Little Monsters

Preventing Chemical Disasters

Tons of poison gas are routinely stored at chemical facilities in major U.S. cities. President Obama called them “stationary weapons of mass destruction” because they are vulnerable to terrorists and pose a catastrophic accident risk. Yet there are many safer alternatives already widely in use.

Find out where more than 400 high-risk chemical plants are located.

Unfortunately there are no rules or safety standards in place to require the use of safer alternatives. Even with the Obama administration supporting the efforts of a broad coalition to enact new chemical disaster prevention legislation the chemical lobby and their allies in Congress have successfully blocked it. But there is a disaster prevention clause in the Clean Air Act that has never been enforced. In fact there was bi-partisan support for such a policy following the 9/11 attacks but that consensus has been eroded by intense pressure from the chemical lobby.

Take action today! You can help prevent a toxic disaster in your community by signing our petition to President Obama.

Prevent Chemical Disasters

Currently, one in three people in the US live within the danger zone of a chemical facility that stores poison gasses. The chemical industry could use safer alternatives, but they are refusing to take action. Luckily the Obama Administration is considering using its authority under the Clean Air Act to require dangerous facilities to swtich to safer alternatives—the best way to prevent a disaster.

If released by an industrial accident or by a terrorist these chemicals could cause a catastrophe leaving thousands killed or injured, like the Bhopal Disaster of 1984. According to EPA, around 480 chemical facilitie s each put 100,000 or more people at risk in the communities surrounding their fenceline, as well as the workers within the plants. One of the nation's biggest vulnerabilities to terrorists, The Department of Homeland Security (DHS) has identified more than 4,000 chemical facilities as "high-risk." The EPA has identified about 90 chemical plants that each put one million or more people at risk up to 25 miles downwind from a plant. The U.S. Army Surgeon General estimated that an attack on just one U.S. chemical plant could kill or injure 900,000 to 2.4 million people. Despite numerous warnings since 2001, Congress has done little to neutralize these hazards. Read more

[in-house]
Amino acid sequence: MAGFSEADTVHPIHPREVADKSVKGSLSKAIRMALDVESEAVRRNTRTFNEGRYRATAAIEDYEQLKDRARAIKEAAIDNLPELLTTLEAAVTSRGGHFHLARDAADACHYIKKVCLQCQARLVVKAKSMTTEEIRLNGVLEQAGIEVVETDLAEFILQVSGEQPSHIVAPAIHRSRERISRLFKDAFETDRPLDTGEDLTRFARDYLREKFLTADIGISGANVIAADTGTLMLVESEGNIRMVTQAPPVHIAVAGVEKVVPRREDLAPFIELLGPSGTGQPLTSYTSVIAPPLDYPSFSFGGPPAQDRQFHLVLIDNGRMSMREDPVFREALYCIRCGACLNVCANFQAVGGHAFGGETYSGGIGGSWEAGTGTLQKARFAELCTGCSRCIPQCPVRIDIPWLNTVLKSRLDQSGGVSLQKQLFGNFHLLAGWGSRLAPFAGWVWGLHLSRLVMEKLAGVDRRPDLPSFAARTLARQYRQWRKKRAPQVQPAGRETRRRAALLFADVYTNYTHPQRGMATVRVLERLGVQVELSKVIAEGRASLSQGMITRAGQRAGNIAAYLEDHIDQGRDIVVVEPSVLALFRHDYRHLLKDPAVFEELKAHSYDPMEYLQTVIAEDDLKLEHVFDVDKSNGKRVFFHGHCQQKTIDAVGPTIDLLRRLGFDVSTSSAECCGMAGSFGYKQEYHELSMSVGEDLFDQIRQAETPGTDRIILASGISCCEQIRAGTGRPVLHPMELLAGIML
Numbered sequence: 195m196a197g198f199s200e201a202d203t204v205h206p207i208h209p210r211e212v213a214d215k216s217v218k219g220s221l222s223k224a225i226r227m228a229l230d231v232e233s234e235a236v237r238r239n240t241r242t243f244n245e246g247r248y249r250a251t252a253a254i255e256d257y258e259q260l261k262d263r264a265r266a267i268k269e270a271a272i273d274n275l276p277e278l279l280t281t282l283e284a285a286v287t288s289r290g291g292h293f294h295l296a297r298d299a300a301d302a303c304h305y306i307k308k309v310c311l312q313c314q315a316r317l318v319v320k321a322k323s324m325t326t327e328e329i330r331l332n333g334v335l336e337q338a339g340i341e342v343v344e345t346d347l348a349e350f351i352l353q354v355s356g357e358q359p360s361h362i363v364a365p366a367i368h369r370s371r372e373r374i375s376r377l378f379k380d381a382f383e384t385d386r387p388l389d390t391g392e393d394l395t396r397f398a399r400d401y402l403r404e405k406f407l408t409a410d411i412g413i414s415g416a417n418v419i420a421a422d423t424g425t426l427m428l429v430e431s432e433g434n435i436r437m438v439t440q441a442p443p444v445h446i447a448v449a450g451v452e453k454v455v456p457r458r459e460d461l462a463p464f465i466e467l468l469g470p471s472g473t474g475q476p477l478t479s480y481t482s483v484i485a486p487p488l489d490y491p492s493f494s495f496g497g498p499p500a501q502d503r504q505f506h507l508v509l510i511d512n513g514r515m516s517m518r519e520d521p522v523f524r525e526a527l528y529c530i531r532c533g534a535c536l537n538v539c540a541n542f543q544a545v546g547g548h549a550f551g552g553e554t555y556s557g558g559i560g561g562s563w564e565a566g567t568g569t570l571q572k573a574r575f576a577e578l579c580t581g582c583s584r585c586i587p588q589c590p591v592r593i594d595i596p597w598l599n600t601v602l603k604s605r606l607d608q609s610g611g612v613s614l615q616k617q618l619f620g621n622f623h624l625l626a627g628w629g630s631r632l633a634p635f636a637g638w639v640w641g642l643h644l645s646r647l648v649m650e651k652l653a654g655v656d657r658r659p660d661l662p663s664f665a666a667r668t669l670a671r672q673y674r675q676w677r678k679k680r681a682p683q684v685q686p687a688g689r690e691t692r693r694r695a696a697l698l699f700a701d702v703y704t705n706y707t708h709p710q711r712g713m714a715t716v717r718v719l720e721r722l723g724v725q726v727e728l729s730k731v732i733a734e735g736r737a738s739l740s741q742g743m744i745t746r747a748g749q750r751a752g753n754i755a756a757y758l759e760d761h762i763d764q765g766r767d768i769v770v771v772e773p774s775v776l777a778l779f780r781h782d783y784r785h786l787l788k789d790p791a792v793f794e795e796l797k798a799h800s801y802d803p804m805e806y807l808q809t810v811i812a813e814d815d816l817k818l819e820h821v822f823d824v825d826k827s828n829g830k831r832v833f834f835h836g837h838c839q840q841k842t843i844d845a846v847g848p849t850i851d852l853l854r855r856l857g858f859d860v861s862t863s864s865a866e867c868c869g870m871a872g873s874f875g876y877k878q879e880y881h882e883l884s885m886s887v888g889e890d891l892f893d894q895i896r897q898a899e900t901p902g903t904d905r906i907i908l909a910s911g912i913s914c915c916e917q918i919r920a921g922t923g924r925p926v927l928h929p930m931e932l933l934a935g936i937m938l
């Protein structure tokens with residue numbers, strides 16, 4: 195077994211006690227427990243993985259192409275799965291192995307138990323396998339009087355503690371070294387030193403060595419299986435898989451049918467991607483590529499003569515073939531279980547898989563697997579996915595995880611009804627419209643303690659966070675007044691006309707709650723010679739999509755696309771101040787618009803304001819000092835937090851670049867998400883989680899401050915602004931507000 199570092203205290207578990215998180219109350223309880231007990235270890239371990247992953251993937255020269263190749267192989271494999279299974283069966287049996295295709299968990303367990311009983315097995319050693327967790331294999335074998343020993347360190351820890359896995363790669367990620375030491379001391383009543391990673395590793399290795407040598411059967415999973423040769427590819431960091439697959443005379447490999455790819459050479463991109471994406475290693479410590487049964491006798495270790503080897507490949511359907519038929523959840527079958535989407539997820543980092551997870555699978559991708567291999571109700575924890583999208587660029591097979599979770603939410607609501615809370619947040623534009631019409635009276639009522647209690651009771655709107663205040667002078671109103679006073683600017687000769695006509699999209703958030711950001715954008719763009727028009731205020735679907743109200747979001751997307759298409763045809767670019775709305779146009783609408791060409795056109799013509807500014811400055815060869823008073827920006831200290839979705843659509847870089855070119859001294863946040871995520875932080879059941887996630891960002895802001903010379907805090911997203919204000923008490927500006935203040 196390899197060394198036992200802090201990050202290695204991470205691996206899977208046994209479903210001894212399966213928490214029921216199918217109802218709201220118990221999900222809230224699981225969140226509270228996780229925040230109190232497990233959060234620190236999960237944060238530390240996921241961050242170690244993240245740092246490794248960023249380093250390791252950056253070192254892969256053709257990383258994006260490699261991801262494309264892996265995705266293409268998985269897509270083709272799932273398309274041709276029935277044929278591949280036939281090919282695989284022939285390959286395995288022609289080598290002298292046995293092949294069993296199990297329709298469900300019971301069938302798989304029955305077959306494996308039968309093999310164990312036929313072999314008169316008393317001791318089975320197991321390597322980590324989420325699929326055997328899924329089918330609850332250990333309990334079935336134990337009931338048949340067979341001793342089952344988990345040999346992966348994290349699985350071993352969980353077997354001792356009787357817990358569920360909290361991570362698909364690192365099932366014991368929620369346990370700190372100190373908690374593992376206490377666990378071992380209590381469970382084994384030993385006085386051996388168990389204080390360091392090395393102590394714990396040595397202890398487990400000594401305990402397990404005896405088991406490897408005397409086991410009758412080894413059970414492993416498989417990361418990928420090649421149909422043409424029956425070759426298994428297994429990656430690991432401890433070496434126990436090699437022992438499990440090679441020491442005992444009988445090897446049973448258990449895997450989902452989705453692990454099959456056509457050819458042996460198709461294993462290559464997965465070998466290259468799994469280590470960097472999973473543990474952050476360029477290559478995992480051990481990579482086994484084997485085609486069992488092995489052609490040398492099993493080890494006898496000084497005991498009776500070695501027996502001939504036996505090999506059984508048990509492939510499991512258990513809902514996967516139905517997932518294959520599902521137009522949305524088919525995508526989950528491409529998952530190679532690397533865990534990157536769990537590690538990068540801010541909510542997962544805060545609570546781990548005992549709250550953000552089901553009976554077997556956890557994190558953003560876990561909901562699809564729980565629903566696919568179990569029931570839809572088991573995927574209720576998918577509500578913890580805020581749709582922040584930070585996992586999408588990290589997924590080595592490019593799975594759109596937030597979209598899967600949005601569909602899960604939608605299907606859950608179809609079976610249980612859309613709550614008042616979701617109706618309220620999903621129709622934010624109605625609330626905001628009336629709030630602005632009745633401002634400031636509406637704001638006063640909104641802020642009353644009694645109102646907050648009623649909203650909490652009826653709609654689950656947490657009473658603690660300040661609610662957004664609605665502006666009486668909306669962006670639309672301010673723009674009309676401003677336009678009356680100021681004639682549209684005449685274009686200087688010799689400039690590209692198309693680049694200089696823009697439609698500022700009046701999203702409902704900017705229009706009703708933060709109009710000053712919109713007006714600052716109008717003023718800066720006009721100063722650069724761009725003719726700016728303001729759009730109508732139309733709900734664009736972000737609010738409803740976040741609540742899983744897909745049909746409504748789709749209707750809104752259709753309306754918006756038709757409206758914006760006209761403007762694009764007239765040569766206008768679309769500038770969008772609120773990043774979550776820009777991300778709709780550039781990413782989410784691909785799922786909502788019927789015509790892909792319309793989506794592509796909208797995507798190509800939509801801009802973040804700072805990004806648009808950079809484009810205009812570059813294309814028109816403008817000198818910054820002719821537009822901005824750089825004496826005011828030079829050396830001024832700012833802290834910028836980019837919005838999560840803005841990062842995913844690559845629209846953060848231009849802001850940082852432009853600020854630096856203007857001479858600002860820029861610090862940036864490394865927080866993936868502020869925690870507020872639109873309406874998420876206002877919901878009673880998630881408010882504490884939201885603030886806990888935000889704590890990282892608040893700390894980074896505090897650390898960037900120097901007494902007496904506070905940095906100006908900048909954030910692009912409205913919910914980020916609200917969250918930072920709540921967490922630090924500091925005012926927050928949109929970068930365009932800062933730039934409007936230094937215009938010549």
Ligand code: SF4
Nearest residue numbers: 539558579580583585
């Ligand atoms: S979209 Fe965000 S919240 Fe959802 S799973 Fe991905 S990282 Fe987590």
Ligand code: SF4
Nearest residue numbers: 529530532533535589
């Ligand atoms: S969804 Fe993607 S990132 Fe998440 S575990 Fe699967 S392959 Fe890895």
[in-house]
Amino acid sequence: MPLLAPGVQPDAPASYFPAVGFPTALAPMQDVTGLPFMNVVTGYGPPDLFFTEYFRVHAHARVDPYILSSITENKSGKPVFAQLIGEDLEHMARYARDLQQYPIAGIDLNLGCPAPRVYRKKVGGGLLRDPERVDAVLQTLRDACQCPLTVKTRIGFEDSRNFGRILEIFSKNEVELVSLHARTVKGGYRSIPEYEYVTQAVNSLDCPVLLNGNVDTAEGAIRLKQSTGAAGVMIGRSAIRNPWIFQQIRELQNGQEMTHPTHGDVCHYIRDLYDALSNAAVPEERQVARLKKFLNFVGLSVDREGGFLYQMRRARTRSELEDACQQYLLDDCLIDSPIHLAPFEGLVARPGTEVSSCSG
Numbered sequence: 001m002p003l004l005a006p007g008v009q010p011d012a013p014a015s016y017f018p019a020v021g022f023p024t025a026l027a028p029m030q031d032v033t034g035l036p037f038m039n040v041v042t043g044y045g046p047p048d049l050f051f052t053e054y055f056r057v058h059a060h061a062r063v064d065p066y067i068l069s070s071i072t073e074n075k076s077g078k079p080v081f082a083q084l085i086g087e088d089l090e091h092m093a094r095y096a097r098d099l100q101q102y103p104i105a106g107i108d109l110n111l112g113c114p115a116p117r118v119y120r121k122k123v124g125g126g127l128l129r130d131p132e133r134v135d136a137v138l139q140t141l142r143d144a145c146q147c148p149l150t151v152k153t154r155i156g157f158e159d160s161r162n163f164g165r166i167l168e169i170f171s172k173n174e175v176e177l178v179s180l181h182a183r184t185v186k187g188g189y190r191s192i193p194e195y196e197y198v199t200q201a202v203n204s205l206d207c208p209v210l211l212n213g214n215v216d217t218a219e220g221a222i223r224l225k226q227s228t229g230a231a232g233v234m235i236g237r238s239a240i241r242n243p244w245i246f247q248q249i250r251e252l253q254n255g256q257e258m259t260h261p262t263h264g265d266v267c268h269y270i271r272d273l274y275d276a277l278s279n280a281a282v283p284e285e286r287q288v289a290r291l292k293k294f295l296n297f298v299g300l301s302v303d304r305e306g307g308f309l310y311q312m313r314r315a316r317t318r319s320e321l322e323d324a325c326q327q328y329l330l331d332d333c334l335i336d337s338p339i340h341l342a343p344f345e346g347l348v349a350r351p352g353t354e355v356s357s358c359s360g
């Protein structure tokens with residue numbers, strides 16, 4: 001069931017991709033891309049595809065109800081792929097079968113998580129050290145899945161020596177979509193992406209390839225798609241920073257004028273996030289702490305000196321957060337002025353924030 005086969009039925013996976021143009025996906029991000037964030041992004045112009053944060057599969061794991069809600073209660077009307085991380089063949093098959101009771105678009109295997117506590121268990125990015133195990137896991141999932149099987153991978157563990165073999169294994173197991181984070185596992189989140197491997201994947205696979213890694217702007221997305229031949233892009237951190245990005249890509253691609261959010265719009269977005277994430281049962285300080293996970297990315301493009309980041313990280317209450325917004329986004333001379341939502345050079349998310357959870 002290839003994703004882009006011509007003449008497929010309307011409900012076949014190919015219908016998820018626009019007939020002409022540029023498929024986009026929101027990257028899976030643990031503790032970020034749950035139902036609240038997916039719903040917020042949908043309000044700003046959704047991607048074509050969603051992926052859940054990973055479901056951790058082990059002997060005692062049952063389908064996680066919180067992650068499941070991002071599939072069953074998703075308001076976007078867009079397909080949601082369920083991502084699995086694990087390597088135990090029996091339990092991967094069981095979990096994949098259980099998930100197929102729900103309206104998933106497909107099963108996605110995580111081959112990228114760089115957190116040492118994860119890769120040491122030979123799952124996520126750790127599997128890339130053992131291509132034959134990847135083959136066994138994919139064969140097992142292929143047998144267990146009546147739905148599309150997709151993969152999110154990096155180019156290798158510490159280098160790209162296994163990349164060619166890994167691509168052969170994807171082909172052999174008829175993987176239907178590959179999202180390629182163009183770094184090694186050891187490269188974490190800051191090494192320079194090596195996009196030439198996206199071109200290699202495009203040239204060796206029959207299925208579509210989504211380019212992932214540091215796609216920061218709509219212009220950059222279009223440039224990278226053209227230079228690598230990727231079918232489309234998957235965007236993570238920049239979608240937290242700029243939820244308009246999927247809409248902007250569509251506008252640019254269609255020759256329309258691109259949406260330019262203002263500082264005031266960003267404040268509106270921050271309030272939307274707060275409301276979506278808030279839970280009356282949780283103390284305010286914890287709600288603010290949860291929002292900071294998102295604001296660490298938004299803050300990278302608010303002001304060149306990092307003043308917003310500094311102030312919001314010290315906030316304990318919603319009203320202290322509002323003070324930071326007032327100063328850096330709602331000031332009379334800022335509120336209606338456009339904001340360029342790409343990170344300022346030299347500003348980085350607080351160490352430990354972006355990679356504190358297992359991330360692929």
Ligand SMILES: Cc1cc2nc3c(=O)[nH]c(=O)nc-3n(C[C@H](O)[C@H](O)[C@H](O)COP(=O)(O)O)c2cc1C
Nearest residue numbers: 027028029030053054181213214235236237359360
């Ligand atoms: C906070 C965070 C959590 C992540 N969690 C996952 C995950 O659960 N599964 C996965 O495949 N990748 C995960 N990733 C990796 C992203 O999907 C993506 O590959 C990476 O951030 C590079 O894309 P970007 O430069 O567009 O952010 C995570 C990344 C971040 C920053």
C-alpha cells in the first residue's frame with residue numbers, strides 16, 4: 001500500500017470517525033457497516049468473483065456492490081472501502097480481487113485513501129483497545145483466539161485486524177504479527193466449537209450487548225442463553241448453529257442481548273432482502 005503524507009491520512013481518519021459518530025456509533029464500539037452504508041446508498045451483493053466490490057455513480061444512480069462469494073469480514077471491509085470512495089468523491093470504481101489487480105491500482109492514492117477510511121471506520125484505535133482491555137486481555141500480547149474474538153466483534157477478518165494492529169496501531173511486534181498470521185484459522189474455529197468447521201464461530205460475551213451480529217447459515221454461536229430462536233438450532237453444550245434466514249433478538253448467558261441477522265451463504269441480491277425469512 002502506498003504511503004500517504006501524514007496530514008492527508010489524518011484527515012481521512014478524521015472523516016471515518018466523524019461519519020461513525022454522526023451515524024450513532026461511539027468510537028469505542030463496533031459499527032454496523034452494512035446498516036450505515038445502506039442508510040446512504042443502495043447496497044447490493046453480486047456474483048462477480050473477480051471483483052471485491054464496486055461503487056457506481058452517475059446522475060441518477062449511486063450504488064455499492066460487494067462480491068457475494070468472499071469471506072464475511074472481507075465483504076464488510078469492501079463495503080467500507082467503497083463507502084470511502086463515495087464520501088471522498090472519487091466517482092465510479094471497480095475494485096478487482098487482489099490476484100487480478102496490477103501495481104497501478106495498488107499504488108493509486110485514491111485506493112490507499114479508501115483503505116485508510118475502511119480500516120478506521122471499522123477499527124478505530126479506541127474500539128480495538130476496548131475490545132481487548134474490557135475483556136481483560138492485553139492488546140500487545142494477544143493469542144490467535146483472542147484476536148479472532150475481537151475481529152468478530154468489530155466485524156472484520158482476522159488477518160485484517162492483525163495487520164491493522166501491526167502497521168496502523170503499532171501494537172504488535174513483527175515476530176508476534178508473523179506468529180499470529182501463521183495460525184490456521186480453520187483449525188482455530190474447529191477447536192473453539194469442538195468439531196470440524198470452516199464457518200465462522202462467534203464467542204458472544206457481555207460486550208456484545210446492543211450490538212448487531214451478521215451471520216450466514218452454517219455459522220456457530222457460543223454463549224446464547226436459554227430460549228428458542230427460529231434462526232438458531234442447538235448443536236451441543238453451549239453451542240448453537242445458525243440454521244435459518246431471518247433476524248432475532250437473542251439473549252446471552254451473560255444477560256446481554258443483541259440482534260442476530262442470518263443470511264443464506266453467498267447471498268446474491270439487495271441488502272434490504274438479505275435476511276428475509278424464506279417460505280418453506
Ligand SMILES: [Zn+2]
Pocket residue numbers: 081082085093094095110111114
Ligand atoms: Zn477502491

Going Hi-Tech is Highly Toxic

From cell phones to laptops, i-pods to digital cameras, we are buying—and throwing away—more electronic products than ever before. The cost is higher than the impact on your pocket book.

Every year, hundreds of thousands of old computers and cell phones are dumped in landfills or burned in smelters. Thousands more are exported, often illegally, to Asia, where workers at scrap yards, often children, are exposed to a cocktail of toxic chemicals and poisons. Read more

Go PVC-Free

Polyvinyl chloride (PVC) plastic, commonly known as "vinyl," has become one of the most widely-used types of plastics. It's used in packaging, home furnishings, children’s toys, automobile parts, building materials, hospital supplies, and hundreds of other products. PVC may be versatile and relatively inexpensive, but the price we pay for a low-cost piece of PVC pipe or soft vinyl toy is far steeper than it may seem. Read more

Bhopal Disaster

Since 1984, 20,000 people lost their lives in Bhopal, India after a chemical gas spill from a pesticide factory. More than 40 tons of methyl isocyante (MIC) gas created a dense cloud over a resident population of more than half a million people.

People woke in their homes to fits of coughing, their lungs filling with fluid.  More than 8,000 people were killed in just the first few days following the leak, mainly from cardiac and respiratory arrest. Read more

The latest updates

 

Greenpeace activists gather at the 5th Avenue

Image | December 14, 2006 at 18:00

Greenpeace activists gather at the 5th Avenue Apple store in Manhattan shining "green" light on the emerging problem of electronic waste or e-waste. E-waste is the fastest growing source of toxic waste, much of which ends up at the fingertips of...

The house as it looks after being restored

Image | December 8, 2006 at 18:00

The house as it looks after being restored post Katrina.

Six months of investigations by Greenpeace

Image | November 30, 2006 at 12:10

Six months of investigations by Greenpeace show that traders including Germany's biggest agricultural traders, Raiffeisen, are selling toxic and strictly prohibited pesticides.

Greenpeace volunteers staff the high profile

Image | October 25, 2006 at 19:00

Greenpeace volunteers staff the high profile 'Green my Apple' stall at the Mac Expo in Olympia, Kensington, London today, persuading Mac fans to challenge Apple and go green. The stall was later shut down at the start of the 3 day expo. The...

The Probo Koala: Toxic crime scene

Image | September 24, 2006 at 18:00

The Probo Koala: Toxic crime scene. Why was this ship still free after killing and sickening people in the Ivory Coast?

46 - 50 of 77 results.

Topics